Re: Rogers Online Gaming Thread

JCatt
I've Been Around

I have some major ping issues with League of Legends. I just recently got the Rogers Ignite 60 Student plan and I manage a steady ping of 200 from Stratford, Ontario. While this is an update from my previous provider where I would spike to 1000+ ping and disconnect, I still had an average ping of 30~.

 

I currently have the CGN3ACSMR modem. Any help would be appreciated. 

Re: Rogers Online Gaming Thread

DRayEdge
I Plan to Stick Around

theyve been going on for a while now. ill test streaming to other services like youtube and hitbox to see if the issue persists.

Re: Rogers Online Gaming Thread

MallardQuack
I Plan to Stick Around

@Datalink I'll run a more in-depth test when I get the chance, but I can tell you that I have experimented with different bitrates and resolutions to see if I could pinpoint it earlier and I can confirm that I experienced the framerate issues at all of the bitrates I tested until I lowered it to 500 kb/s. Now, that's not an ideal speed to attempt the upload at for anything of quality, but I did find it interesting that I could leave a stream running for 15-20 minutes without any spikes or dropped frames, but even upping that speed to 1,000 kb/s saw the framerate issue return every 30 seconds or so. I will try to pinpoint the 'tipping point' so to speak and will report back with my findings.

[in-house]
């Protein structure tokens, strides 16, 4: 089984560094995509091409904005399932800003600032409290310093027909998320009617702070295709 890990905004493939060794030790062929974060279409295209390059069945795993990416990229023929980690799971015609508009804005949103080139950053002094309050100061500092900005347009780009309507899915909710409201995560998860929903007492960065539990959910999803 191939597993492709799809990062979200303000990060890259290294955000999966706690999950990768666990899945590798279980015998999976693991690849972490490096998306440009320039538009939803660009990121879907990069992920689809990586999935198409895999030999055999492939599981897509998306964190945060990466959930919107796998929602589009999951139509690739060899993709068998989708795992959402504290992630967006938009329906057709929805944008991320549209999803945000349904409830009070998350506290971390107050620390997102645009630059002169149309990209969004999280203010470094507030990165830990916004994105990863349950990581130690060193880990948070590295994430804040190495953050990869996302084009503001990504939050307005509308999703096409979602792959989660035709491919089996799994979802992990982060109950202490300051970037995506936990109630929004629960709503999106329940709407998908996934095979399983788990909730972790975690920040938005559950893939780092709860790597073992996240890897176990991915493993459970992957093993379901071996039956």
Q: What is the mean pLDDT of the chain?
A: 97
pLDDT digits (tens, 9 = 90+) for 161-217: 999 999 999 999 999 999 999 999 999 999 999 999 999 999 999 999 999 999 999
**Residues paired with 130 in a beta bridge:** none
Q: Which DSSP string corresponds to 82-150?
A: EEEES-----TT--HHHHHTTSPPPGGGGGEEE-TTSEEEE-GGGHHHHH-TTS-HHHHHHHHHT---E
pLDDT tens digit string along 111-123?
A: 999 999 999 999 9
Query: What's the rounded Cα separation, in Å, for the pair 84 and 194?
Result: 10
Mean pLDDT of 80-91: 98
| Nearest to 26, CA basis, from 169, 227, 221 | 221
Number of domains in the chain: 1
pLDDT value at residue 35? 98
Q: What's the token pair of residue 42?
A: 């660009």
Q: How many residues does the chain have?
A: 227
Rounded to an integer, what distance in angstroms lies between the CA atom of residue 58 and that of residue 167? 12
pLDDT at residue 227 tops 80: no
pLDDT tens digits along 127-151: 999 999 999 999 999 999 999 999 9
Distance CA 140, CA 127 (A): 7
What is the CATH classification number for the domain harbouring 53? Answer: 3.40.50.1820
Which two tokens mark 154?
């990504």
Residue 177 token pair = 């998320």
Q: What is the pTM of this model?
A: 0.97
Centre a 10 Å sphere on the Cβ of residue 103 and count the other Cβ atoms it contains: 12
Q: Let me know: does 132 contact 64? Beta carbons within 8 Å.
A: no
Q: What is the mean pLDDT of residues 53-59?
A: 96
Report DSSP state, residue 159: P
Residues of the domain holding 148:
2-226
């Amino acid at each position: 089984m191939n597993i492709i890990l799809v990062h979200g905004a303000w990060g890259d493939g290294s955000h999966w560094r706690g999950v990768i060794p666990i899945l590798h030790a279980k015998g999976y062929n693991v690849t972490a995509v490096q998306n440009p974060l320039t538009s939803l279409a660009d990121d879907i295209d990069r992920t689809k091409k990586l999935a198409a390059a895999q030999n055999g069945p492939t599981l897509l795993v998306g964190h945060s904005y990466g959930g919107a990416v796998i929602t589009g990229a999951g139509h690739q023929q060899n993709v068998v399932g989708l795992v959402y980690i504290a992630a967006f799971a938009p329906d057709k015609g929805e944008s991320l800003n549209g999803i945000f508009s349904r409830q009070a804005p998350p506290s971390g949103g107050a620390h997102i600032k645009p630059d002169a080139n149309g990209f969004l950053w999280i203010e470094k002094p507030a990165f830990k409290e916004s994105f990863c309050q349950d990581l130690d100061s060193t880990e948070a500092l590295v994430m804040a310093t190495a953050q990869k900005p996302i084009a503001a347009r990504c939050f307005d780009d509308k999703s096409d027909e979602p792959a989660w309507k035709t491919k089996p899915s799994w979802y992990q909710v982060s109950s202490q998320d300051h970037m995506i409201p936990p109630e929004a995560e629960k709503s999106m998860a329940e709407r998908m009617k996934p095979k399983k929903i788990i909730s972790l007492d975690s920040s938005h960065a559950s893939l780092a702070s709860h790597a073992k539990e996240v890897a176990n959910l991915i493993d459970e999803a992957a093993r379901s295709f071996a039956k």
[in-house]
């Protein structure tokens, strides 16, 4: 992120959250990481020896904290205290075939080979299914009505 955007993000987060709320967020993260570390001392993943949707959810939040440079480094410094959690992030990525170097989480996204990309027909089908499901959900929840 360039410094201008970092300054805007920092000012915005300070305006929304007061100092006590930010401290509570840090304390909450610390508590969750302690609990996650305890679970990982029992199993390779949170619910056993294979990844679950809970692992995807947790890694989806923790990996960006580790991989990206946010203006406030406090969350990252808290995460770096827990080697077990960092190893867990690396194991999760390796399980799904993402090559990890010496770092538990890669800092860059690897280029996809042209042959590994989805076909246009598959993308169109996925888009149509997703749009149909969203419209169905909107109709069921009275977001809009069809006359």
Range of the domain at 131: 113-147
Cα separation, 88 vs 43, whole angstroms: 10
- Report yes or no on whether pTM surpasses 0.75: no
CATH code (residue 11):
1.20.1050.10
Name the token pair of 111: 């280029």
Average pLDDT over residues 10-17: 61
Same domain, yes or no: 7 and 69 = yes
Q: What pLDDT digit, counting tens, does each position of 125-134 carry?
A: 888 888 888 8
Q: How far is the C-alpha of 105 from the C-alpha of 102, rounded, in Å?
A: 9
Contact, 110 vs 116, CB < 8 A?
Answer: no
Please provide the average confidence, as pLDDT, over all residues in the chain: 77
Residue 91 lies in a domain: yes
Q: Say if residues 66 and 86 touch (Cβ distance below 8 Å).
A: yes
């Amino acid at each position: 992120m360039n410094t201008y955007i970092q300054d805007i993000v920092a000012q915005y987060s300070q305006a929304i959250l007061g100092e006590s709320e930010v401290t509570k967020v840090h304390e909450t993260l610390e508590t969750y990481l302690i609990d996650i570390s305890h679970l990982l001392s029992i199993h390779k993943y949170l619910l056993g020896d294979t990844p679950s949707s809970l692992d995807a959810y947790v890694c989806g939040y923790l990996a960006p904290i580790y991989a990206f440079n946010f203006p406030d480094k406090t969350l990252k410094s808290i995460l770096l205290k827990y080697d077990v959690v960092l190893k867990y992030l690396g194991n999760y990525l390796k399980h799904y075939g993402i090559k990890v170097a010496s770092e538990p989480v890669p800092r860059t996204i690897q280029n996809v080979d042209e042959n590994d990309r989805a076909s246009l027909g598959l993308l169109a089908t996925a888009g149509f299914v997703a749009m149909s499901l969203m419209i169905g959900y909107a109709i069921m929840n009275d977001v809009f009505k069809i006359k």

EDIT: After testing in increments of 50 going up from 500 kb/s, I started having the frame issue once I hit 700 kb/s. Then to verify I started going back down by increments of 50 and continued to have the issue until I reached 550 kb/s. So somewhere in that range it appears I'm crossing some sort of threshold that causes packet loss/upload speed issues arise. 

Re: Rogers Online Gaming Thread

MallardQuack
I Plan to Stick Around